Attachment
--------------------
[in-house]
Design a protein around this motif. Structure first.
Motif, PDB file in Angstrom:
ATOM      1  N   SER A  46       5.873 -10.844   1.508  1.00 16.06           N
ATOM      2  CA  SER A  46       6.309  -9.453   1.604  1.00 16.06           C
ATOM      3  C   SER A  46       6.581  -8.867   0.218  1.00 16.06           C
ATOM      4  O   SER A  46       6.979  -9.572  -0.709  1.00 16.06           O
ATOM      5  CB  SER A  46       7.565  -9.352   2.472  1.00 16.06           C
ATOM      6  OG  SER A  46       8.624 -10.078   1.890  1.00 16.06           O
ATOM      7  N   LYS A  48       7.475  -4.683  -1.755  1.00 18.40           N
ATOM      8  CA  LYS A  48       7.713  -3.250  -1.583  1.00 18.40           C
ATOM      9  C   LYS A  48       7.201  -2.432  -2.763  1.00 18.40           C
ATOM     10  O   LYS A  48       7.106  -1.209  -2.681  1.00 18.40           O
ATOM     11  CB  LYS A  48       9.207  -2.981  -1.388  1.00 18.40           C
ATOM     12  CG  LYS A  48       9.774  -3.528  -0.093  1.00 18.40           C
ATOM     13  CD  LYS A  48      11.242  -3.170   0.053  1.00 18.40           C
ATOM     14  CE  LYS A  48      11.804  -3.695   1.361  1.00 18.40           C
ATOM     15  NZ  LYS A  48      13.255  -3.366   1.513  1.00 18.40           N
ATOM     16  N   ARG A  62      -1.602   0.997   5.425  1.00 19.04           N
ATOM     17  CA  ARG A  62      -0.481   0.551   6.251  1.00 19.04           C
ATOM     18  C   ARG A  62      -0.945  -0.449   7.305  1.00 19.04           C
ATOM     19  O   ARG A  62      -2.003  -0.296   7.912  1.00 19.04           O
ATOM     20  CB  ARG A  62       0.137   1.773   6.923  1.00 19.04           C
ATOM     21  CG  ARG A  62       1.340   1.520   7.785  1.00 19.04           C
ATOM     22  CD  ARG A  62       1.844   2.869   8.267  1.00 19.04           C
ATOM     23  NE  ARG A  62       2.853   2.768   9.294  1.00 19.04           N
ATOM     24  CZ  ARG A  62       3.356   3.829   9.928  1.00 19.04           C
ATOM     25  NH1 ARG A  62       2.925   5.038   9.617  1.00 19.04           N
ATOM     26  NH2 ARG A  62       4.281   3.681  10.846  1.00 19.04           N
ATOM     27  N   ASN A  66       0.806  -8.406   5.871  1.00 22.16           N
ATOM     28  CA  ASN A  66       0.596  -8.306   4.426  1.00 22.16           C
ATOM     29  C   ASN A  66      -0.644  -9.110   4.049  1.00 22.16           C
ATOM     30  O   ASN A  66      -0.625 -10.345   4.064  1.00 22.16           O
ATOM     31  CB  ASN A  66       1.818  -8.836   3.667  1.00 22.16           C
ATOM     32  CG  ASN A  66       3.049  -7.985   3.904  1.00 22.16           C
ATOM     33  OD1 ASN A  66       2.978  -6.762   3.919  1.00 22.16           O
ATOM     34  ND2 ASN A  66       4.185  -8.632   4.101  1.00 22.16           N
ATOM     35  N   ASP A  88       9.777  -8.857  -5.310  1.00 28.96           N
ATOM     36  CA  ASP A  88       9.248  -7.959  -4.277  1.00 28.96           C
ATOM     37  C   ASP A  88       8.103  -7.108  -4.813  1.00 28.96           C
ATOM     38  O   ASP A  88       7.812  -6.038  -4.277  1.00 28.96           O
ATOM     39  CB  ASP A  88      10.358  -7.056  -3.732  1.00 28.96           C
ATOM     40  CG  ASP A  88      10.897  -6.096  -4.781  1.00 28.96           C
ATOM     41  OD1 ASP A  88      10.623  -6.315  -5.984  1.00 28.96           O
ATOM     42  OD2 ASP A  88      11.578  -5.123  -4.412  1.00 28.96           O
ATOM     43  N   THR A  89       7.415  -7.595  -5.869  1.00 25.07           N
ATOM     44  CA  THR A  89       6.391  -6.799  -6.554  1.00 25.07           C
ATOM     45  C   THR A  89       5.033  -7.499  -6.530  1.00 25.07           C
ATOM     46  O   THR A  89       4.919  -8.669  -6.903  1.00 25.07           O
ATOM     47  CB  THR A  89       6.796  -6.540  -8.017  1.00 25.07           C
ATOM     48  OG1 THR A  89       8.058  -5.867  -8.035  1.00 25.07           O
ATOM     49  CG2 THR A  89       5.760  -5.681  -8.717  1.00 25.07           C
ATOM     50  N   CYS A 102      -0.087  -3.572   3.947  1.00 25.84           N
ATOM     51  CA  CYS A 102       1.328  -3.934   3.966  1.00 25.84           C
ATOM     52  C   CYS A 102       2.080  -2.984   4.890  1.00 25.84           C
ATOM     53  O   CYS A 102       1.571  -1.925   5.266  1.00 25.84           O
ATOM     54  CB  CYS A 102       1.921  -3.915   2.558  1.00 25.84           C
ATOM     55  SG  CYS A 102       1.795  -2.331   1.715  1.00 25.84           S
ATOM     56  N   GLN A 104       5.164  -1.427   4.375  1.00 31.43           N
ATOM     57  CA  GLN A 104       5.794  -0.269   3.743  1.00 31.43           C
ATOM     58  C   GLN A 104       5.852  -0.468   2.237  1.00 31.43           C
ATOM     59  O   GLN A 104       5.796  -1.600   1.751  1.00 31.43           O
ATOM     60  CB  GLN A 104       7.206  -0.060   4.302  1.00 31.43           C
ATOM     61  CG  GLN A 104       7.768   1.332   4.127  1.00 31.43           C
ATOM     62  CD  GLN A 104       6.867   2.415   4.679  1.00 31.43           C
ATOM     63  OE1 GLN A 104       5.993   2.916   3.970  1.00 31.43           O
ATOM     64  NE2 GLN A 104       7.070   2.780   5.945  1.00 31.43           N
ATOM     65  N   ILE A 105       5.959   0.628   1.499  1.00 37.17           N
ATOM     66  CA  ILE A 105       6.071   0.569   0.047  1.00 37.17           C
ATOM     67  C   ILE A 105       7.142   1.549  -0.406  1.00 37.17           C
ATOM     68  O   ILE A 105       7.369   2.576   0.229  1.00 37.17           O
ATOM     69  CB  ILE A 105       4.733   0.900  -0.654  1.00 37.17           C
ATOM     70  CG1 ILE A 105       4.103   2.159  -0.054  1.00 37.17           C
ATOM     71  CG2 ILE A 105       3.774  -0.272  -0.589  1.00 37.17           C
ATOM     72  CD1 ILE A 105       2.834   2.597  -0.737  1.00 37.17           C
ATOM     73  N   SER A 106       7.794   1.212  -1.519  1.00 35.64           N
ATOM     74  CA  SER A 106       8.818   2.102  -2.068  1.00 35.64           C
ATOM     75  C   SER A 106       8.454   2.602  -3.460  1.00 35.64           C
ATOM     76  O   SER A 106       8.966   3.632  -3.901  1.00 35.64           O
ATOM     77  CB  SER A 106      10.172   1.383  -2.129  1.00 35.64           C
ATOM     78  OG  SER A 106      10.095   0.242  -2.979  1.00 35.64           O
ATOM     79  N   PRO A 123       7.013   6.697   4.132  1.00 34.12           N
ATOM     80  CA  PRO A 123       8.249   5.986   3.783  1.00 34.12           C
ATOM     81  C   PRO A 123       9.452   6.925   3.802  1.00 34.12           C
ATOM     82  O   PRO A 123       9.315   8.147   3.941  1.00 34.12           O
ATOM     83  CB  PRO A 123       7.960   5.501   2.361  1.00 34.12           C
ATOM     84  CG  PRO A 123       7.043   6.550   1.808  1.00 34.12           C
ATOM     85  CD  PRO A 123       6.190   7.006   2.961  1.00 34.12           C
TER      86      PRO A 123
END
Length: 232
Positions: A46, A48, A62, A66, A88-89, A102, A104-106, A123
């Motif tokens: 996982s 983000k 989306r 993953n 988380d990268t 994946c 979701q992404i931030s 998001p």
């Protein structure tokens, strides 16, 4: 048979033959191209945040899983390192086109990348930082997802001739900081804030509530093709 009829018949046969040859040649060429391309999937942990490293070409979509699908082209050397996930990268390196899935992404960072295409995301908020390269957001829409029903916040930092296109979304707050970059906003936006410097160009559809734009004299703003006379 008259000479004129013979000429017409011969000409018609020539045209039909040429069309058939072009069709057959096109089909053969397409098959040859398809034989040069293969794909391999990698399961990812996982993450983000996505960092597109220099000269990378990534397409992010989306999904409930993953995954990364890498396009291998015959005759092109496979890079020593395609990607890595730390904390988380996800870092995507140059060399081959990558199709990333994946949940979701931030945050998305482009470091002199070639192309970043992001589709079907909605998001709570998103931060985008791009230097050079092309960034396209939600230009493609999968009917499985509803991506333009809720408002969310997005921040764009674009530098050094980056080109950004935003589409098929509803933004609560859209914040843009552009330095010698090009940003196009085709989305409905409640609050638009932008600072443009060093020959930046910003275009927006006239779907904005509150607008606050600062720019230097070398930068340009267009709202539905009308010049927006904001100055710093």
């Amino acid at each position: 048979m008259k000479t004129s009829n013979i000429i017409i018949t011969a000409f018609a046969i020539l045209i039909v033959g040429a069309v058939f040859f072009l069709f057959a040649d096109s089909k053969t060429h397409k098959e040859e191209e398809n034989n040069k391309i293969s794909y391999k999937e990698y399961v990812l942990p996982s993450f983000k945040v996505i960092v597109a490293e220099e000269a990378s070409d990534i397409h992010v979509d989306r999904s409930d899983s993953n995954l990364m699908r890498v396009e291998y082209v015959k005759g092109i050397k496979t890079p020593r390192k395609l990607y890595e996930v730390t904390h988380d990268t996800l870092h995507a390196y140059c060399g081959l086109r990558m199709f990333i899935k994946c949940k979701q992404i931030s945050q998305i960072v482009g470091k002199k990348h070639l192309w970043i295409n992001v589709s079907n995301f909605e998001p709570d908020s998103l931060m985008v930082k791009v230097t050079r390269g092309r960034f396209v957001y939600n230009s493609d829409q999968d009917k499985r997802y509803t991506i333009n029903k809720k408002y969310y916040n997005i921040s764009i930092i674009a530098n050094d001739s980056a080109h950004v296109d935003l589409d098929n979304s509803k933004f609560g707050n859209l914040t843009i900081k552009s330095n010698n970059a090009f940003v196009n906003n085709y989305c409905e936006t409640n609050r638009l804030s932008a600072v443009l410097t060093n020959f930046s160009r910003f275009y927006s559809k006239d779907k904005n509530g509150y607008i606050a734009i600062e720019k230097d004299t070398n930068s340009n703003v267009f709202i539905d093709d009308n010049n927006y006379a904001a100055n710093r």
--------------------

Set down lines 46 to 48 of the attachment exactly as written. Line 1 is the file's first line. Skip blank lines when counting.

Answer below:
ATOM     43  N   THR A  89       7.415  -7.595  -5.869  1.00 25.07           N
ATOM     44  CA  THR A  89       6.391  -6.799  -6.554  1.00 25.07           C
ATOM     45  C   THR A  89       5.033  -7.499  -6.530  1.00 25.07           C